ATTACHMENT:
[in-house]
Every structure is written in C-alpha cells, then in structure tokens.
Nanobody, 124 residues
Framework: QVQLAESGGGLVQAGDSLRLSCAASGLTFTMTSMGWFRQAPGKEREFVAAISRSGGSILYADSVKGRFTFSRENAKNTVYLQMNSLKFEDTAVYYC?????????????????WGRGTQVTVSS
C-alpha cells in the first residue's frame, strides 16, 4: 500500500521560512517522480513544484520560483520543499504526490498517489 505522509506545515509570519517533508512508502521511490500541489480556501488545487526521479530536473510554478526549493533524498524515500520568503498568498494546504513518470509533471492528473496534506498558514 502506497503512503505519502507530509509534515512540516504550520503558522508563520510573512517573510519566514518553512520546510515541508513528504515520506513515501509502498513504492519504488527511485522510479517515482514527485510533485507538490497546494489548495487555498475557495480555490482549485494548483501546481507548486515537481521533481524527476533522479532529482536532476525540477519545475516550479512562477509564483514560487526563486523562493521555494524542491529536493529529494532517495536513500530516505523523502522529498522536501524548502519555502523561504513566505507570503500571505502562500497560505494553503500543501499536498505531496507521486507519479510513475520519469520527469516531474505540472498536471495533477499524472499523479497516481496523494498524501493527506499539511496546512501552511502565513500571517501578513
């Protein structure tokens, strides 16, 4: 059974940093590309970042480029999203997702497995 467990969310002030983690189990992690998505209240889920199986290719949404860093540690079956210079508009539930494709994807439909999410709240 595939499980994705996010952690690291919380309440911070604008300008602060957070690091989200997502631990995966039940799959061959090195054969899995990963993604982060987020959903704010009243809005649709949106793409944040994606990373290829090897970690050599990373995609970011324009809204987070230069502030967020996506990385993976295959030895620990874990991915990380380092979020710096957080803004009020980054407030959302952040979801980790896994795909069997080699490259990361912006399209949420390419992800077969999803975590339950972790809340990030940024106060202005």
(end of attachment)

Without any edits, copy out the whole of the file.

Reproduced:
[in-house]
Every structure is written in C-alpha cells, then in structure tokens.
Nanobody, 124 residues
Framework: QVQLAESGGGLVQAGDSLRLSCAASGLTFTMTSMGWFRQAPGKEREFVAAISRSGGSILYADSVKGRFTFSRENAKNTVYLQMNSLKFEDTAVYYC?????????????????WGRGTQVTVSS
C-alpha cells in the first residue's frame, strides 16, 4: 500500500521560512517522480513544484520560483520543499504526490498517489 505522509506545515509570519517533508512508502521511490500541489480556501488545487526521479530536473510554478526549493533524498524515500520568503498568498494546504513518470509533471492528473496534506498558514 502506497503512503505519502507530509509534515512540516504550520503558522508563520510573512517573510519566514518553512520546510515541508513528504515520506513515501509502498513504492519504488527511485522510479517515482514527485510533485507538490497546494489548495487555498475557495480555490482549485494548483501546481507548486515537481521533481524527476533522479532529482536532476525540477519545475516550479512562477509564483514560487526563486523562493521555494524542491529536493529529494532517495536513500530516505523523502522529498522536501524548502519555502523561504513566505507570503500571505502562500497560505494553503500543501499536498505531496507521486507519479510513475520519469520527469516531474505540472498536471495533477499524472499523479497516481496523494498524501493527506499539511496546512501552511502565513500571517501578513
């Protein structure tokens, strides 16, 4: 059974940093590309970042480029999203997702497995 467990969310002030983690189990992690998505209240889920199986290719949404860093540690079956210079508009539930494709994807439909999410709240 595939499980994705996010952690690291919380309440911070604008300008602060957070690091989200997502631990995966039940799959061959090195054969899995990963993604982060987020959903704010009243809005649709949106793409944040994606990373290829090897970690050599990373995609970011324009809204987070230069502030967020996506990385993976295959030895620990874990991915990380380092979020710096957080803004009020980054407030959302952040979801980790896994795909069997080699490259990361912006399209949420390419992800077969999803975590339950972790809340990030940024106060202005």